Illinois Court Fines Insurer for Medicaid Fraud
A federal jury in Chicago on Monday ordered Virginia-based health insurer Amerigroup, to pay $48 million in damages for discrimination against pregnant women and other beneficiaries with health issues, the Chicago Tribune reports. The amount will triple to $144 million under the federal False Claims Act.
After two days of deliberations, the jury ruled that Amerigroup and subsidiary Amerigroup Illinois sought to increase profits by excluding beneficiaries with health issues from Medicaid managed care plans. The insurer had operated Medicaid managed care plans in Illinois until August when it withdrew operations from the state.
The case involved a federal whistleblower lawsuit filed by Cleveland Tyson, an Amerigroup official fired in 2002 who will receive between $21 million and $36 million of the damage award. According to prosecutors, from 2000 to 2003, Amerigroup received $243 million in Medicaid reimbursements and misinformed the state that company Medicaid managed care plans enrolled eligible beneficiaries without consideration of their health status.
Prosecutors said that Amerigroup trained marketing representatives to avoid Medicaid beneficiaries with high medical bills and had a policy of "cherry picking" beneficiaries without health issues.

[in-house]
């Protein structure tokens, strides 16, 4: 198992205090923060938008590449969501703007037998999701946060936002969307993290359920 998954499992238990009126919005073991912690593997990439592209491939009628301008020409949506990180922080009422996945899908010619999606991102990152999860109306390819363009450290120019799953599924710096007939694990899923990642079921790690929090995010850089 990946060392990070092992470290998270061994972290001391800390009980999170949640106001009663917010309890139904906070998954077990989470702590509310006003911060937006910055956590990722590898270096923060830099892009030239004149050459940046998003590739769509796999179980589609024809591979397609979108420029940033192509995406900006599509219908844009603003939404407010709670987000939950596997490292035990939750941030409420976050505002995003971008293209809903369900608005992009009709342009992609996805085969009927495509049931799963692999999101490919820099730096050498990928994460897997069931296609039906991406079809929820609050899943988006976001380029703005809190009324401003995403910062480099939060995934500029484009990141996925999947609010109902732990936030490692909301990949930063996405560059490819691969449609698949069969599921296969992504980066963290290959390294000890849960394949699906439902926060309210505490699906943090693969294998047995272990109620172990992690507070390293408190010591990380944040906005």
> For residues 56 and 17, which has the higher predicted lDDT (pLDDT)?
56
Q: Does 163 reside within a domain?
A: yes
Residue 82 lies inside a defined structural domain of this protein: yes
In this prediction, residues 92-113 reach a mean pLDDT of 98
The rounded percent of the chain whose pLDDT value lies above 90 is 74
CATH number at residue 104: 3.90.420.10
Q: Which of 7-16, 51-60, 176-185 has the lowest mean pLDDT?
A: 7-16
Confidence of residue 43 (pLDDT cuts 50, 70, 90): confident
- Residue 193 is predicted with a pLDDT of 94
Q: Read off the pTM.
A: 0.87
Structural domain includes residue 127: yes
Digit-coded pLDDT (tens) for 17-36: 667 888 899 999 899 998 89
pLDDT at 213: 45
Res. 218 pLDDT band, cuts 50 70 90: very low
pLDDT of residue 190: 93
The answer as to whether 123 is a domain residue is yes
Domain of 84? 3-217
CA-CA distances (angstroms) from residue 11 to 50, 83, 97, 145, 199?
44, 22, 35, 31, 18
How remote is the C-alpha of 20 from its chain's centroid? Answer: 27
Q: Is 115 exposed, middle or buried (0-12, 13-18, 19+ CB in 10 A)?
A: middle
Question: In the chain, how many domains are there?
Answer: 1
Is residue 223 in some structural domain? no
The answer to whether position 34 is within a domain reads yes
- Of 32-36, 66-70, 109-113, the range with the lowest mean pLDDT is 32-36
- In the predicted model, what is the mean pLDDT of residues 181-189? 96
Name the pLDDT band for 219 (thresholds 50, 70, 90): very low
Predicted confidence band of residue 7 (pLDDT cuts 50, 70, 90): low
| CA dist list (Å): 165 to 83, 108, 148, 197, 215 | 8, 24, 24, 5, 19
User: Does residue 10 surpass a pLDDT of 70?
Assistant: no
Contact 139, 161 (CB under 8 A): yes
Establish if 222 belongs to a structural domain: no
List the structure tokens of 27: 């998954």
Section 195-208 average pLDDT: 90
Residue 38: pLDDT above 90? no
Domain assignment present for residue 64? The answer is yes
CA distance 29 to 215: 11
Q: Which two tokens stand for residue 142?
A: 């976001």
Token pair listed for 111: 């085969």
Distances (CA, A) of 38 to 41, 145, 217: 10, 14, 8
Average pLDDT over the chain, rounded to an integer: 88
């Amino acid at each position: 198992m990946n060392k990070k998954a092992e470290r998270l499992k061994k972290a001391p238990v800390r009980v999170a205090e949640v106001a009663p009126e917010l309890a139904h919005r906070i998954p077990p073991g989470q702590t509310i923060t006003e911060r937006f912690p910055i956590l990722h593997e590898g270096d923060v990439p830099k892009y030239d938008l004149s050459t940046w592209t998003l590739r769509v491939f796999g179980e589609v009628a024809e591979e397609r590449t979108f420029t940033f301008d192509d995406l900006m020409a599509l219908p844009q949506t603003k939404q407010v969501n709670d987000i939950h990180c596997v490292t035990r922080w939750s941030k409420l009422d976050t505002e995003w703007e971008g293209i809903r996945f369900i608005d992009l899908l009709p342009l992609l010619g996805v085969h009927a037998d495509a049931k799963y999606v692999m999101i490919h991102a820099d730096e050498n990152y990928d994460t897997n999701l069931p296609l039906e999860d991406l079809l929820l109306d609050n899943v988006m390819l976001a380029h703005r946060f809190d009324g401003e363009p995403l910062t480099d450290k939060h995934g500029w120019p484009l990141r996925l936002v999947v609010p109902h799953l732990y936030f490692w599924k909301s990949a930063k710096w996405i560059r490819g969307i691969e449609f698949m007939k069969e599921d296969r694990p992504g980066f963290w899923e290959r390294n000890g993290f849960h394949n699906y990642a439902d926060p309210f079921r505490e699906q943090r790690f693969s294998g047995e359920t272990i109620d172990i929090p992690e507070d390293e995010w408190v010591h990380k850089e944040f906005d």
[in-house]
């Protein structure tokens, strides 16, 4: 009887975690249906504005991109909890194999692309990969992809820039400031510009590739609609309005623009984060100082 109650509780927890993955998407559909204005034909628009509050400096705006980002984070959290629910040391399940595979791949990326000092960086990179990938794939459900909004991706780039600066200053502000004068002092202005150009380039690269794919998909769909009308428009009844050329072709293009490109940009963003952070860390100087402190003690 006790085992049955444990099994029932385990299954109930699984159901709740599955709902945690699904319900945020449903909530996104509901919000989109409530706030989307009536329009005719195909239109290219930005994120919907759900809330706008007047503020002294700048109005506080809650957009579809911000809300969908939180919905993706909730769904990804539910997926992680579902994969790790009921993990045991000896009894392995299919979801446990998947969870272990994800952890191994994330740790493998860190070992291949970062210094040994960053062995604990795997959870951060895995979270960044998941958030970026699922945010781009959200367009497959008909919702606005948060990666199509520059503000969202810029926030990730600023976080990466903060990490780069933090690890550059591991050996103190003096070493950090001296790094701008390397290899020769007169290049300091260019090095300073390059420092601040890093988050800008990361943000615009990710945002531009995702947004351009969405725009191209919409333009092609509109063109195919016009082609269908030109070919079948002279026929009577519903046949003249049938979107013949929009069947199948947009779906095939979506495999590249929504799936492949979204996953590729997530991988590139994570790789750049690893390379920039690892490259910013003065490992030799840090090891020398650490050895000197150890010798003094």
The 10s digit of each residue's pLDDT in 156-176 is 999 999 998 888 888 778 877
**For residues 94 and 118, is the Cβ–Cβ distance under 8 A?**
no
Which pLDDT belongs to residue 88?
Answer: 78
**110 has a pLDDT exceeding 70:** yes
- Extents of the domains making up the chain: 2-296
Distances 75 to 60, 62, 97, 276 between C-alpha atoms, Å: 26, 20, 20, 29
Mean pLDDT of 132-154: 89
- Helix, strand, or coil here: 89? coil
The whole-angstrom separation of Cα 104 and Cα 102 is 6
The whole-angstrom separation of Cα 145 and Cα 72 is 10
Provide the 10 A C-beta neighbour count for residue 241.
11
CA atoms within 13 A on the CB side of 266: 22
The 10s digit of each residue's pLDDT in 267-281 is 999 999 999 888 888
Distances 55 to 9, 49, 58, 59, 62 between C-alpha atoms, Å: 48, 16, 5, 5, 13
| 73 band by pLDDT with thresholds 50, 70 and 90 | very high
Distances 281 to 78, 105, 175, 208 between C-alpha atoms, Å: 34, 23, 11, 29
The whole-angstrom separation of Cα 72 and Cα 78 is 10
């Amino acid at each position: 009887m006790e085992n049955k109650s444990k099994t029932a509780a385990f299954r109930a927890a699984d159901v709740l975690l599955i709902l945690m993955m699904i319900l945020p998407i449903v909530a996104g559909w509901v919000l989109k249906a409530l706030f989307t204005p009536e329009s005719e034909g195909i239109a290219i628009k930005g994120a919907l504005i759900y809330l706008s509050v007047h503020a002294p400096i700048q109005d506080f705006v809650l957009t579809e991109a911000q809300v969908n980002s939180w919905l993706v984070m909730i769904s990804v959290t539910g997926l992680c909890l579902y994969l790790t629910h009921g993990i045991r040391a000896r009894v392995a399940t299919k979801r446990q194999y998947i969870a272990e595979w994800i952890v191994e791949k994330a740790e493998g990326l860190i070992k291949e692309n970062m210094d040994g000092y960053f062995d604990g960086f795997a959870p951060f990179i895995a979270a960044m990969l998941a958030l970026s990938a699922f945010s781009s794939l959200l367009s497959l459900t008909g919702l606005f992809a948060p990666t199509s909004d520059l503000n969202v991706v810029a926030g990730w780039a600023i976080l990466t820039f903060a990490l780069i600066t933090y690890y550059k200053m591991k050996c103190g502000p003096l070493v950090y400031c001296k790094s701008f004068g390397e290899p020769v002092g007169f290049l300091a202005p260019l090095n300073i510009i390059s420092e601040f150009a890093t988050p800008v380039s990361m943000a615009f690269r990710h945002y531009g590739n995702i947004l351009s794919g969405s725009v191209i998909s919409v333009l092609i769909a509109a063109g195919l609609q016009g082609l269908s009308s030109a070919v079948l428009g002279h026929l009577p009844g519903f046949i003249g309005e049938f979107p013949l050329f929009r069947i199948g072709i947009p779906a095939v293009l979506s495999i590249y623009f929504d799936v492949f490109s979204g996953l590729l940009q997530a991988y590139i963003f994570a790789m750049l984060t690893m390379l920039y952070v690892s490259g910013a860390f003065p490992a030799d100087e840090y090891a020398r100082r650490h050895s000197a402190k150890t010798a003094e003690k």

Prosecutors submitted a number of e-mails and statements from Amerigroup officials as evidence in the case. In a 2001 e-mail, the director of medical management for Amerigroup Illinois wrote to company managers, "Please keep up the good work with the marketing reps of not trying to sign up pregnant women."
Attorneys for Amerigroup argued that the company had not discriminated against pregnant women or other Medicaid beneficiaries with health issues and never misinformed the state about company marketing practices.
Illinois Attorney General Lisa Madigan said, "The verdict will both reimburse the State of Illinois for the money Amerigroup obtained illegally and punish Amerigroup for their unconscionable conduct."
Amerigroup spokesperson Kent Jenkins said that the company will appeal the verdict. Jenkins said, "We think that during the course of the trial there were errors that led the jury to consider information that was inaccurate, incomplete and misleading" (Bush, Chicago Tribune, 10/31).